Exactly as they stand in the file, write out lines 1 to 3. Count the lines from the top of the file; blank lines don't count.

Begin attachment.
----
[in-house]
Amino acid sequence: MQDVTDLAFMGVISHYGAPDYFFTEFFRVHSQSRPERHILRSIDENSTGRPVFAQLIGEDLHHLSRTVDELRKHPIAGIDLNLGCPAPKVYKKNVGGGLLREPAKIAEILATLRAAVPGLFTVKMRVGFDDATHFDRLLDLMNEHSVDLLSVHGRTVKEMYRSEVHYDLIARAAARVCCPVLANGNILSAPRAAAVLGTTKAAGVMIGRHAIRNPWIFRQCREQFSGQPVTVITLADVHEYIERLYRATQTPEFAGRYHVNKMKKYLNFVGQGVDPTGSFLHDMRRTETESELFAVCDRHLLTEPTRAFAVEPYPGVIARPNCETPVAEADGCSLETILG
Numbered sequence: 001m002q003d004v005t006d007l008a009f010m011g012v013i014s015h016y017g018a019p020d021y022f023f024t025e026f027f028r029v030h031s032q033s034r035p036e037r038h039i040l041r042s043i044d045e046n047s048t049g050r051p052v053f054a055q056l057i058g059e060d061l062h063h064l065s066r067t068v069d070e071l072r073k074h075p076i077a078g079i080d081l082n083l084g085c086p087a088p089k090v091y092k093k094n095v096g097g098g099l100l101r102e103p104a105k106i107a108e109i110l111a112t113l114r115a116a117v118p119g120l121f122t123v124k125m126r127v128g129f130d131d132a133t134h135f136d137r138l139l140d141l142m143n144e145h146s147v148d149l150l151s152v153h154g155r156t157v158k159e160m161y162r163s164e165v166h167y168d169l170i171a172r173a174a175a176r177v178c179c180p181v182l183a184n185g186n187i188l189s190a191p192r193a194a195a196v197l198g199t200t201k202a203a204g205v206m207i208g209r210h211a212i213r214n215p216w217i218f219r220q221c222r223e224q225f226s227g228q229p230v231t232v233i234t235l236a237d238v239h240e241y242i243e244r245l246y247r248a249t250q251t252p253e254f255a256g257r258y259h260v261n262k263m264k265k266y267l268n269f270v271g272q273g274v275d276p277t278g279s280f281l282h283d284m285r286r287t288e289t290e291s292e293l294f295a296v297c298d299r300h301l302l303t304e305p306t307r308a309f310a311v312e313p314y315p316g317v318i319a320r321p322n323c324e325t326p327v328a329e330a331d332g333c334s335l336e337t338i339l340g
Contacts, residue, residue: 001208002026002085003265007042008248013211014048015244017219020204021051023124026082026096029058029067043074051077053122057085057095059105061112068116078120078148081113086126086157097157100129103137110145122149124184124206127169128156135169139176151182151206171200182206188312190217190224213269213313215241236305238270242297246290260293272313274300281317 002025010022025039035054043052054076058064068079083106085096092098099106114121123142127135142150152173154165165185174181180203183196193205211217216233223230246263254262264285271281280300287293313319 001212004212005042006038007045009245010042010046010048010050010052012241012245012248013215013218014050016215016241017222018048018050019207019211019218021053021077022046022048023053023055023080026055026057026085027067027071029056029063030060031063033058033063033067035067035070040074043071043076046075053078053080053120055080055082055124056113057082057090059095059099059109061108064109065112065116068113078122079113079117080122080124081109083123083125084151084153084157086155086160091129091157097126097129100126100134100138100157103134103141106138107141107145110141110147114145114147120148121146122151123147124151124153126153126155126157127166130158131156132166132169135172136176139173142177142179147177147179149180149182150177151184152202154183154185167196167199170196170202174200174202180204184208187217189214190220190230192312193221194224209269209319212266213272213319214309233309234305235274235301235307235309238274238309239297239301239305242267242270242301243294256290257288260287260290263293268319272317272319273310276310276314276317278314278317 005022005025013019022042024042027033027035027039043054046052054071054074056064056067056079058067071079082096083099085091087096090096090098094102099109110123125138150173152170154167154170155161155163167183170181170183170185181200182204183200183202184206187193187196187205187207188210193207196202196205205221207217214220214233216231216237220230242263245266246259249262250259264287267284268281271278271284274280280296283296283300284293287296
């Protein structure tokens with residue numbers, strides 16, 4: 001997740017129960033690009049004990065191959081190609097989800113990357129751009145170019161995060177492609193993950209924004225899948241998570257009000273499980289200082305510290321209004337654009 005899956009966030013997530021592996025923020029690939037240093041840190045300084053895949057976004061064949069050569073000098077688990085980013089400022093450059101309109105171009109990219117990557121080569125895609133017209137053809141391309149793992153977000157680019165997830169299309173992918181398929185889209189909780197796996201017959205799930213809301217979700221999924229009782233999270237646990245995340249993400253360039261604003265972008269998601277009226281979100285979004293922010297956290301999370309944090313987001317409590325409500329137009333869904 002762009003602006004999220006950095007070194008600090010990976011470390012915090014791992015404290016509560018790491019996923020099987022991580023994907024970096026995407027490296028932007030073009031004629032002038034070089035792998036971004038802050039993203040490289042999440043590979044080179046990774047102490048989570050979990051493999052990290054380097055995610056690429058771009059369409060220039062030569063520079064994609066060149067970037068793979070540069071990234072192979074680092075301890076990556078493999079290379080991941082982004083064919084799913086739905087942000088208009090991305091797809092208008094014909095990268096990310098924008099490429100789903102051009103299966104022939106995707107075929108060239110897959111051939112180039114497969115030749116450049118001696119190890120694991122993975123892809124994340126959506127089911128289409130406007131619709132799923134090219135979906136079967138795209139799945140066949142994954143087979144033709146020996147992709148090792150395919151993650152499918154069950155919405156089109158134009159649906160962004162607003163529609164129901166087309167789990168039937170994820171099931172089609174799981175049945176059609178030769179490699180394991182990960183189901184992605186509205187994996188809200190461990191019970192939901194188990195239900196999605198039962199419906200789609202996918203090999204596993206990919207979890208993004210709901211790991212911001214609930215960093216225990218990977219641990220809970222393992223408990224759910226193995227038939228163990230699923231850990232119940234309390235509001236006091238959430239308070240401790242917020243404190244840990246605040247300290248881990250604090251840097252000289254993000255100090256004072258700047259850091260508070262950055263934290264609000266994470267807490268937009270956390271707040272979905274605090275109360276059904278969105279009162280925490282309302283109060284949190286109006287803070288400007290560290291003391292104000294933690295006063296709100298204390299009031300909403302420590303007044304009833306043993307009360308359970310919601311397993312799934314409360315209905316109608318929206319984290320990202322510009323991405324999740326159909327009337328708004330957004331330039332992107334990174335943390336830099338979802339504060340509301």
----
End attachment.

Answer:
[in-house]
Amino acid sequence: MQDVTDLAFMGVISHYGAPDYFFTEFFRVHSQSRPERHILRSIDENSTGRPVFAQLIGEDLHHLSRTVDELRKHPIAGIDLNLGCPAPKVYKKNVGGGLLREPAKIAEILATLRAAVPGLFTVKMRVGFDDATHFDRLLDLMNEHSVDLLSVHGRTVKEMYRSEVHYDLIARAAARVCCPVLANGNILSAPRAAAVLGTTKAAGVMIGRHAIRNPWIFRQCREQFSGQPVTVITLADVHEYIERLYRATQTPEFAGRYHVNKMKKYLNFVGQGVDPTGSFLHDMRRTETESELFAVCDRHLLTEPTRAFAVEPYPGVIARPNCETPVAEADGCSLETILG
Numbered sequence: 001m002q003d004v005t006d007l008a009f010m011g012v013i014s015h016y017g018a019p020d021y022f023f024t025e026f027f028r029v030h031s032q033s034r035p036e037r038h039i040l041r042s043i044d045e046n047s048t049g050r051p052v053f054a055q056l057i058g059e060d061l062h063h064l065s066r067t068v069d070e071l072r073k074h075p076i077a078g079i080d081l082n083l084g085c086p087a088p089k090v091y092k093k094n095v096g097g098g099l100l101r102e103p104a105k106i107a108e109i110l111a112t113l114r115a116a117v118p119g120l121f122t123v124k125m126r127v128g129f130d131d132a133t134h135f136d137r138l139l140d141l142m143n144e145h146s147v148d149l150l151s152v153h154g155r156t157v158k159e160m161y162r163s164e165v166h167y168d169l170i171a172r173a174a175a176r177v178c179c180p181v182l183a184n185g186n187i188l189s190a191p192r193a194a195a196v197l198g199t200t201k202a203a204g205v206m207i208g209r210h211a212i213r214n215p216w217i218f219r220q221c222r223e224q225f226s227g228q229p230v231t232v233i234t235l236a237d238v239h240e241y242i243e244r245l246y247r248a249t250q251t252p253e254f255a256g257r258y259h260v261n262k263m264k265k266y267l268n269f270v271g272q273g274v275d276p277t278g279s280f281l282h283d284m285r286r287t288e289t290e291s292e293l294f295a296v297c298d299r300h301l302l303t304e305p306t307r308a309f310a311v312e313p314y315p316g317v318i319a320r321p322n323c324e325t326p327v328a329e330a331d332g333c334s335l336e337t338i339l340g